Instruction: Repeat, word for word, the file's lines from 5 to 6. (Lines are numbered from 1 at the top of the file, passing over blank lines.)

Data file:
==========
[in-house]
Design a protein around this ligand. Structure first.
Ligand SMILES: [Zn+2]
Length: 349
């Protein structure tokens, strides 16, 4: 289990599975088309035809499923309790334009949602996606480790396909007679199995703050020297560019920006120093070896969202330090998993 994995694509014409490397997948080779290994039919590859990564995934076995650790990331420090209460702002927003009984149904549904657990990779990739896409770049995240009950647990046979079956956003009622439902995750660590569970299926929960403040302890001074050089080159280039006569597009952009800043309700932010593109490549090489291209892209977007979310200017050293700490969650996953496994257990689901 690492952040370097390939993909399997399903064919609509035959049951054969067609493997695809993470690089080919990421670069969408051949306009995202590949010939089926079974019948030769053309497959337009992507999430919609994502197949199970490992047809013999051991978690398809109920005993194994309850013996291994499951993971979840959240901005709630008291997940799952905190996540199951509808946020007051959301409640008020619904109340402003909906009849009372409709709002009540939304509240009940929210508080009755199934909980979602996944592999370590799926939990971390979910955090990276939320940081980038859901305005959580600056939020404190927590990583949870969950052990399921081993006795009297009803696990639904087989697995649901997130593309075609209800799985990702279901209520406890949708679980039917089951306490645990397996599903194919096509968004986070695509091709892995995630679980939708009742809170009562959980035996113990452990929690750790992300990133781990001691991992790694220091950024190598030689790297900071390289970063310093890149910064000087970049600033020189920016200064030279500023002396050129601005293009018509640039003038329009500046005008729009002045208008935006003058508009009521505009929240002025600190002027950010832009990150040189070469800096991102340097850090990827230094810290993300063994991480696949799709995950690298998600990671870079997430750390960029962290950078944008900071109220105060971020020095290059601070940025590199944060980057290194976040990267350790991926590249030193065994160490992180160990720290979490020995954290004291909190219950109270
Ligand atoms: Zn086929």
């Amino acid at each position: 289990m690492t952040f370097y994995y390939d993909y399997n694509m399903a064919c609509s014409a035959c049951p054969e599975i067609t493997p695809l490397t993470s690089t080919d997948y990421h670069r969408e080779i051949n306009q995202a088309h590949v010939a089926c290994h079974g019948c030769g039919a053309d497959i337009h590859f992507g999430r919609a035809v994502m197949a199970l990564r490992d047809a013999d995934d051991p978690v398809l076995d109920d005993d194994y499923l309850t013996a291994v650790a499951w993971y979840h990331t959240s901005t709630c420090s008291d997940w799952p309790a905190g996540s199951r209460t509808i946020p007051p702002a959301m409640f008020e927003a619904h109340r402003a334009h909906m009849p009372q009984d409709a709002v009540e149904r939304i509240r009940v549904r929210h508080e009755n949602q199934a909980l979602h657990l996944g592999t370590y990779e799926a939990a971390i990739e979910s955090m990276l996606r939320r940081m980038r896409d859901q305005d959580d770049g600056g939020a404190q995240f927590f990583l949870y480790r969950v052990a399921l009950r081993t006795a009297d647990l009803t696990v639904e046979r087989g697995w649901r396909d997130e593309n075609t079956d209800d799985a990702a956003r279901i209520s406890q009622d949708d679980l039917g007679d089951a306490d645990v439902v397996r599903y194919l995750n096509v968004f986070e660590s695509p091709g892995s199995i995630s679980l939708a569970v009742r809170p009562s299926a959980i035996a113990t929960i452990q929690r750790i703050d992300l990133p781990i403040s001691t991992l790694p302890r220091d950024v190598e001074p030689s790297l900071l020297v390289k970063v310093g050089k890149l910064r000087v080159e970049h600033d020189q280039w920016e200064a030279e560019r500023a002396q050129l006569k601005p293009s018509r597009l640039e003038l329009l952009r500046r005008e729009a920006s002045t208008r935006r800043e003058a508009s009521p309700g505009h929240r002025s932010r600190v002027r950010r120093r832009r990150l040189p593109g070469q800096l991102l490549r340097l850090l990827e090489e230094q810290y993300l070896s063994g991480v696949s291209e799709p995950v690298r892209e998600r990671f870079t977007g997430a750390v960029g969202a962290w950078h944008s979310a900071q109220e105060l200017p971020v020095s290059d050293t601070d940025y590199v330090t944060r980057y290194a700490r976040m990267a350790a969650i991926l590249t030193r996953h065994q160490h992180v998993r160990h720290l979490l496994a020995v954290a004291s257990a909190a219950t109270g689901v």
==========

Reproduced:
């Protein structure tokens, strides 16, 4: 289990599975088309035809499923309790334009949602996606480790396909007679199995703050020297560019920006120093070896969202330090998993 994995694509014409490397997948080779290994039919590859990564995934076995650790990331420090209460702002927003009984149904549904657990990779990739896409770049995240009950647990046979079956956003009622439902995750660590569970299926929960403040302890001074050089080159280039006569597009952009800043309700932010593109490549090489291209892209977007979310200017050293700490969650996953496994257990689901 690492952040370097390939993909399997399903064919609509035959049951054969067609493997695809993470690089080919990421670069969408051949306009995202590949010939089926079974019948030769053309497959337009992507999430919609994502197949199970490992047809013999051991978690398809109920005993194994309850013996291994499951993971979840959240901005709630008291997940799952905190996540199951509808946020007051959301409640008020619904109340402003909906009849009372409709709002009540939304509240009940929210508080009755199934909980979602996944592999370590799926939990971390979910955090990276939320940081980038859901305005959580600056939020404190927590990583949870969950052990399921081993006795009297009803696990639904087989697995649901997130593309075609209800799985990702279901209520406890949708679980039917089951306490645990397996599903194919096509968004986070695509091709892995995630679980939708009742809170009562959980035996113990452990929690750790992300990133781990001691991992790694220091950024190598030689790297900071390289970063310093890149910064000087970049600033020189920016200064030279500023002396050129601005293009018509640039003038329009500046005008729009002045208008935006003058508009009521505009929240002025600190002027950010832009990150040189070469800096991102340097850090990827230094810290993300063994991480696949799709995950690298998600990671870079997430750390960029962290950078944008900071109220105060971020020095290059601070940025590199944060980057290194976040990267350790991926590249030193065994160490992180160990720290979490020995954290004291909190219950109270
Ligand atoms: Zn086929």